While the New Testament doctrine of water baptism by immersion solely in the Name of Christ degenerated with the increasing schisms and encroaching apostasy of the early Church, the nascent Catholic communion retained the biblical connection between baptism and the remission of sins. The Roman Creed, which dates from the 3rd century, includes a generic belief in the “remission of sins”, and the 4th century Nicene Creed says: “I acknowledge one baptism for the remission of sins.” Though most Protestants eschew the idea of spiritual regeneration in the baptismal ceremony, the scriptural view espoused by modern Oneness Pentecostals is greatly supported both by the primary text of God’s Word and the most ancient bishops and apologists for the Christian faith. Baptism is an indisputable element of the New Birth; and by faith in the redemptive work of the blood of Jesus Christ, our sins are truly washed away in the fountain of His forgiveness.


Hoole, Charles H., trans. The Apostolic Fathers, the Epistles of S. Clement, S. Ignatius, S. Barnabas, S. Polycarp together with the Martyrdom of S. Ignatius and S. Polycarp. London: Irvingtons, 1872.

Lightfoot, Joseph Barber, trans. The Apostolic Fathers. London: Macmillan and Co., 1898.

Roberts, Alexander Rev. and James Donaldson, trans. Translations of the Writings of the Fathers Down to A.D. 325. Edinburgh: L & T Clark, 1867.

1924: Redrawing the Color Line

3 June, 2008

Interracial Leadership Group from Azusa StreetIn 1918, the General Assembly of Apostolic Assemblies and the Pentecostal Assemblies of the World merged, unifying Oneness Pentecostals into a large, interracial body. After being ousted from the Assemblies of God in 1916, the “Jesus Only” faction soon organized into the GAAA under the leadership of Daniel C. O. Opperman. The organization was destined to last only a short while. When the United States entered World War I on April 16, 1917, the government refused to recognize combat exemption for ministers of the fledgling church. In addition, GAAA ministers did not qualify for clergy train fare rates. For these two reasons, the organization sought a merger with the older Pentecostal Assemblies of the World (Clanton 29-30).

The PAW had a nebulous beginning in Los Angeles in 1906. Initially, few records were kept, which is not surprising considering the reticence of early Pentecostal believers to organize or to model themselves after the traditional denominations from which they had emerged. The alignment of the PAW with the Oneness camp may be historically attributable to the influence of Bishop G.T. Haywood, pastor of the large Pentecostal work at 11th & Senate in Indianapolis. Haywood along with his entire congregation accepted rebaptism in Jesus’ Name and the doctrine of the mighty God in Christ when Glenn Cook, Pentecostal pioneer and evangelist, came through Indiana in 1915 preaching the Oneness revelation.

While the Pentecostal Assemblies of the World was interracial from its inception, the General Assembly of Apostolic Assemblies was essentially a white organization. The merger of these two groups recreated the racial unity that characterized the Pentecostal revival at Azusa Street Mission in Los Angeles. Bro. Frank Bartleman, journalist and chronicler of the Pentecostal movement in Los Angeles, said of Azusa Street: “The color line is washed away in the blood!” The mission, led by Bro. William Joseph Seymour, a black brother, became a bastion of multiracial unity as believers of every race and color gathered in the makeshift mission to experience the democratizing power of the Holy Ghost. When the GAAA joined the Pentecostal Assemblies of the World, retaining the latter name, an initial, conscious effort was made to maintain racial integration.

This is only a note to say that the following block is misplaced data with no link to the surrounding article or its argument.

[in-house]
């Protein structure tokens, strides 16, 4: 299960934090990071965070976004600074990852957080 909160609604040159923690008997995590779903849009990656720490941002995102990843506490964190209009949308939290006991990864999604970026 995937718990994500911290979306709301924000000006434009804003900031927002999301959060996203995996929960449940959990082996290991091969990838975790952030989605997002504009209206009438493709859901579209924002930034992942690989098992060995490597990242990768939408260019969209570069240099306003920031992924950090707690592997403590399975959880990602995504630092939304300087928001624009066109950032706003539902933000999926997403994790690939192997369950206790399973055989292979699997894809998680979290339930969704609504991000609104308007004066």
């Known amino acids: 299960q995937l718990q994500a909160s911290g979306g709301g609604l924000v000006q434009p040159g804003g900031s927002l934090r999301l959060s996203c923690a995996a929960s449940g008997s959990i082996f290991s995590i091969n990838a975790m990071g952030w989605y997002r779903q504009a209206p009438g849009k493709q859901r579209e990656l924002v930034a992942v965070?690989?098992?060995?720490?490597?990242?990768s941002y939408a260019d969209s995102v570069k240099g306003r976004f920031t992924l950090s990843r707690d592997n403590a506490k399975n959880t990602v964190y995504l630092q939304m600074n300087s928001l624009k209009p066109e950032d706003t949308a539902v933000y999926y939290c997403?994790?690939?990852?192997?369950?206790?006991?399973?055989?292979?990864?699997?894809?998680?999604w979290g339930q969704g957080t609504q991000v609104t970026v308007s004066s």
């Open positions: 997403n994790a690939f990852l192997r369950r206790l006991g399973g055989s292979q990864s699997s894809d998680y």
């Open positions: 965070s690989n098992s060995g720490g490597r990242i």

Unfortunately, the merger was plagued by problems from the beginning. The most critical difficulty seems to have been the location of the annual conference. The South was considered too racially sensitive, and meetings had to be held in the North. At a time when Pentecostals were much less affluent, many Southern ministers could not afford to attend conventions in Northern cities. In 1922, leading white ministers in the Pentecostal Assemblies of the World organized the Southern Bible Conference. William Booth-Clibborn’s record of the meeting, A Call to Dust and Ashes, describes a glorious visitation of the Holy Ghost and a prevailing unity and anointing, but the exclusive convention offended many of the black PAW brethren (1).

The following year, the General Conference adopted Resolution 4, with devastating results. The resolution read:

Be it further resolved, that because of conditions now existing in many parts of the country through no fault of the brethren, but rather those that oppose the work of the Lord, it is deemed advisable that two white Presbyters sign the credentials for the white brethren (especially in the southland) and two colored Presbyters sign the papers of the colored brethren. (Golder 78)

While the wording of the resolution seems to suggest the necessity of this measure due to external social forces, it seems likely that the real reason for the policy was racial prejudice. Oneness historians sharply disagree on the meaning and context of Resolution No. 4. White writers like S.C. McClain and Arthur Clanton attribute the adoption to the social mores of the South, repeatedly arguing that racial integration was hindering the work of the Lord, especially below the Mason-Dixon line. Bishop Morris E. Golder, PAW historian, logically asks: “How could any person picking up a credential and looking at the signatures tell who wrote them? Would the ink of the black man be different from that of a white man?” (79). The fissure that began with the passage of Resolution No. 4 broadened over the next year; and at the close of the 1924 General Conference, a majority of the white brethren withdrew and formed the Pentecostal Ministerial Alliance, electing L.C. Hall as the first chairman (Clanton 46).

While it is difficult to recapture the social context that led our predecessors to divide into essentially white and black organizations, Oneness Pentecostals should work at every level to restore greater interracial fellowship and cooperation. Manmade organizations can never replace the true unity of Apostolic believers and the transcendental power of our common Acts 2:38 salvation. Huge strides in fellowship have been made by both the United Pentecostal Church and the Pentecostal Assemblies of the World, and we look forward to the day when Christ’s prayer “that they all may be one” (Jn. 17:21) is fully answered when the saints of every color and creed gather at God’s great throne!


Clanton, Arthur. United We Stand: a History of Oneness Organizations. Hazelwood: MO: Pentecostal Publishing House, 1970.

Booth-Clibborn, William. A Call to Dust and Ashes. St. Paul, MN: 1924.

Golder, Morris E. History of the Pentecostal Assemblies of the World. Indianapolis, 1973.